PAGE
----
> > pointer or laser, DON'T let the pointer wander around the screen. Point
> > directly and hold it there. If the pointer wanders the eyes of the
> audience
> > will wander and you can cause confusion as to what you really mean.
> >
> > 1.) Make an outline of the entire lecture then decide what overheads and
> or
> > slides would illustrate the major points. KEEP THE NUMBER WITHIN LIMITS.
> > Now write the lecture. Read it over slowly and time the entire talk,
> giving
> > yourself an extra couple of minutes for slide and overhead changes. As
> > develop your style you will be able to continue talking as these change.
> If
> > you are within time, good, but if out either way then revise
> > Now write again as you will say it, spoken English differs slightly from
> > written. Check the new time. Commit to memory with the images of the
> > slides/overheads coming in and out as necessary.
> > People have various styles. Some come in with the entire lecture written
> > out then proceed to read it out verbatim, BORING. Others have cards with
> > the important points. Ok ,but you can lapse and start to read these out
> > a list, BORING. Plus, if a beginner you might mix them up then waste
> > sorting them out again. Be confident, practice beforehand and use the
> > overheads/slides as your giude to the lecture (number the overheads).
> > Benefits, your audience is at ease, this girl knows her subject , let's
> sit
> > and enjoy the talk.
> > 2.) Speak SLOWLY and CLEARLY, don't mumble, talk to the audience, keep
> your
> > head up and look at them. Please, please, avoid the usual grammatical
> > faults of, ah, mmm, you know, you know, (what do we bloody know) after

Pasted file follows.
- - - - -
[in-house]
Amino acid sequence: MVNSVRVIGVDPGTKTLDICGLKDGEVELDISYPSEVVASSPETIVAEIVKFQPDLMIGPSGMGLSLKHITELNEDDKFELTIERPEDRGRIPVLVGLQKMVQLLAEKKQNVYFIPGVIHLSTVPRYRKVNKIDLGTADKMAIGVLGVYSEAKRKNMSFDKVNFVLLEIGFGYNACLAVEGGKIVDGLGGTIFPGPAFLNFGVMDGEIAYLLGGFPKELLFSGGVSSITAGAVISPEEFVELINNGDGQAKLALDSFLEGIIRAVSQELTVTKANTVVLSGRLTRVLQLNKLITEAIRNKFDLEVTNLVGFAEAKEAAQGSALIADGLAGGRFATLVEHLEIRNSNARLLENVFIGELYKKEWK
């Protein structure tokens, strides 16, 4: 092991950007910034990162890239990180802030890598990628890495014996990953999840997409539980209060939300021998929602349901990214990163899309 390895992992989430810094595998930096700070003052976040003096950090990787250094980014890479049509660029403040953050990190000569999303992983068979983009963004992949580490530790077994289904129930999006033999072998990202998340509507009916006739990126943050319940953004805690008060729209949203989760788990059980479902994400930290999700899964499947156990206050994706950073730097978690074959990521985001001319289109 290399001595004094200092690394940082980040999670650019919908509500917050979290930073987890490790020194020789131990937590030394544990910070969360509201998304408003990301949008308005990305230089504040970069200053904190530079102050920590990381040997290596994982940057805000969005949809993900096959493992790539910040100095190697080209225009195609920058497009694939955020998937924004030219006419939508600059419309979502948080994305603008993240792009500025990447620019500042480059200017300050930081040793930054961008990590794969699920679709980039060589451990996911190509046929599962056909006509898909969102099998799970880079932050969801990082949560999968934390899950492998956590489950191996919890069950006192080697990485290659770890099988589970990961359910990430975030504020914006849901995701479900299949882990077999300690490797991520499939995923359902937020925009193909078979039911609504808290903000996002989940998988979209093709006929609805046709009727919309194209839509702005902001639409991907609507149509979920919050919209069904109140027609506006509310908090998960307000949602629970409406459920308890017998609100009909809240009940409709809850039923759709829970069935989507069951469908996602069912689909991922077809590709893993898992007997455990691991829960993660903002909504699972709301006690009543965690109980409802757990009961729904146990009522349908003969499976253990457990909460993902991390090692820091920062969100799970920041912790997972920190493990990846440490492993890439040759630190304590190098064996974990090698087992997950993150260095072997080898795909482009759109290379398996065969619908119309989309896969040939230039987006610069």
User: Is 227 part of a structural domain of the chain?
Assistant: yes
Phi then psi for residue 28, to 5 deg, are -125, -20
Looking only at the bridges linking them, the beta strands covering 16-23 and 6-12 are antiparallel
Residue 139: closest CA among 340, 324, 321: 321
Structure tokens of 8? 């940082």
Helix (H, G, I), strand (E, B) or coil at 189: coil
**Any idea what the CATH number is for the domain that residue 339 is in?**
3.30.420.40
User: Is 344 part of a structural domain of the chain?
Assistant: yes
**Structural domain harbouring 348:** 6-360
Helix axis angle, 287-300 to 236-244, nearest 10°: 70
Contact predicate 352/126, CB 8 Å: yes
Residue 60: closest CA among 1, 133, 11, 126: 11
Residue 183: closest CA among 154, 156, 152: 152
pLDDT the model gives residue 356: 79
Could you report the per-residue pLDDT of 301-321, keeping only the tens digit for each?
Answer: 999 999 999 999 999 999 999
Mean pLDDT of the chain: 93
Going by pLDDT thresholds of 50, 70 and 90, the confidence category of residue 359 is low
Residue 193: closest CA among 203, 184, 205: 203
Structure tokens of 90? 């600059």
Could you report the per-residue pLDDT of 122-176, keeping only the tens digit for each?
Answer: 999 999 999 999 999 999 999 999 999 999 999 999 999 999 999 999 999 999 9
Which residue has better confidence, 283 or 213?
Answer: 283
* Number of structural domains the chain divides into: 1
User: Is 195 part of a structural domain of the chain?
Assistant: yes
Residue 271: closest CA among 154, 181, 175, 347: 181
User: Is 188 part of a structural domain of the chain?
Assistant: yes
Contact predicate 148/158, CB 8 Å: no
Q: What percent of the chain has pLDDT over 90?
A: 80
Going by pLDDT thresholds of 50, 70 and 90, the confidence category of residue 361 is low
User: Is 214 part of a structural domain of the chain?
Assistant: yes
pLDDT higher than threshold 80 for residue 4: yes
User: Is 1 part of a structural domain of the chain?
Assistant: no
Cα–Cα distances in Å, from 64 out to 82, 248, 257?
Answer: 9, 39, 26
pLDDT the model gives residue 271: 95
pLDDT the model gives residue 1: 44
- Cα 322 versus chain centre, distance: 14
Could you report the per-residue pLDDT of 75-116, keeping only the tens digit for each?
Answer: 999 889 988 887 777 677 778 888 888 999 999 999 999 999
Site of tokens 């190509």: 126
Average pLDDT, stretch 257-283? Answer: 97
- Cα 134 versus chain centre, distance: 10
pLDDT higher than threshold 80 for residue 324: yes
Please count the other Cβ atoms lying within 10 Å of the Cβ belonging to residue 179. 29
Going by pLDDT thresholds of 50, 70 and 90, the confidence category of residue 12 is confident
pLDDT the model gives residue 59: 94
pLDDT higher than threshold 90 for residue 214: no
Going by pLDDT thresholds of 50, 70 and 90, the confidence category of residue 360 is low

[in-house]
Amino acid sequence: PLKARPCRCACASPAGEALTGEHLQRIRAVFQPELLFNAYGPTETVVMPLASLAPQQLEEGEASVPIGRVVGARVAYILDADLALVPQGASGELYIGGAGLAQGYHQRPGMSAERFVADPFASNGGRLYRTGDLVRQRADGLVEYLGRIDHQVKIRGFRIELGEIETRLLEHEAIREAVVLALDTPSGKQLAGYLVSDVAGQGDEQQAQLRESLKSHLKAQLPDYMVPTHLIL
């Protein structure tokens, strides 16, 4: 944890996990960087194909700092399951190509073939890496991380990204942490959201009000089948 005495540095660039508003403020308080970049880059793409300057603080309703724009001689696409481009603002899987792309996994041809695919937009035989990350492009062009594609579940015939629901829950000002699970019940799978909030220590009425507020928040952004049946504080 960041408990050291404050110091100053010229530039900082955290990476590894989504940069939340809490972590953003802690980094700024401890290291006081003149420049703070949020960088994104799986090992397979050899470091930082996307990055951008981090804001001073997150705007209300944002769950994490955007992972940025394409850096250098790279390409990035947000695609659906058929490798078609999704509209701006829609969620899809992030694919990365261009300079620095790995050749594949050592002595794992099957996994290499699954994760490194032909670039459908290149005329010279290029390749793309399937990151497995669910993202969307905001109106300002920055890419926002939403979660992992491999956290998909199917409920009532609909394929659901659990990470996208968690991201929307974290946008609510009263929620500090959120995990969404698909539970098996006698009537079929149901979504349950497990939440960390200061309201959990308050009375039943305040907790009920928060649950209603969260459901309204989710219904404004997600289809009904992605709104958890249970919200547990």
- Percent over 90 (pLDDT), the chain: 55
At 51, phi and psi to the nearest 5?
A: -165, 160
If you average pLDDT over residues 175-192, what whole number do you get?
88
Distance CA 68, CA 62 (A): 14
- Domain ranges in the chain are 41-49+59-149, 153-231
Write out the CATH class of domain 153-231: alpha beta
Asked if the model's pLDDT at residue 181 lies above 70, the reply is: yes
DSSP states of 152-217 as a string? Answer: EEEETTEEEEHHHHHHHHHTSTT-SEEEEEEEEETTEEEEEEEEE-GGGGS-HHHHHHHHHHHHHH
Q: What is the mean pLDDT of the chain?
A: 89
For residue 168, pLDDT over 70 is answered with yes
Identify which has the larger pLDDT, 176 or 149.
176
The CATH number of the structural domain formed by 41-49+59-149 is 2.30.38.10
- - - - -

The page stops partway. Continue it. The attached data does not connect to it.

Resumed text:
> > minutes of you know or some other grammatical absurdity your audience
> > be driven mad. Practice the lecture in front of your mum, dad, partner,
> > anybody friendly, get the timing correct plus for every time you say ah,
> > mm, you know, give them 10$, then at the end see how much you have lost.
> > This can be very salutary. It also has the benefit of getting rid of
> > habits if you have picked them up over the years.
> > 3.) SMILE, look confident, as if your an old timer at this game. Never
> ever
> > say that this is your first time. If there is questioning after the talk
> > you can be picked on, but if you look and sound confident then potential
> > troublemakers will be afraid just in case YOU, make them, look foolish.
> > 4.) Have a few 'sucker slides or overheads'. If something hasn't come
> > clearly and you have examples of a feature in greater detail use them.
> > Simply say that in the time allowed you didn't have time to present this
> > data but if the questioner wants to speak to you in person please
> > me after. That usually shuts the buggers up.
> > 5.) Go for it, the first is always the worst and after the event not as
> bad
> > as you thought. Indeed, it is actually quite thrilling and you'll
> > get a 'high' doing it. The majority of audiences are friendly, even 240
> > medical students can be a good bunch. I once gave the same lecture 9
> > a week over a term so you can imagine by Friday afternoon I was telling
> > jokes and moonwalking, but, those were the good old days.
> > Ian.
> >
> >
> >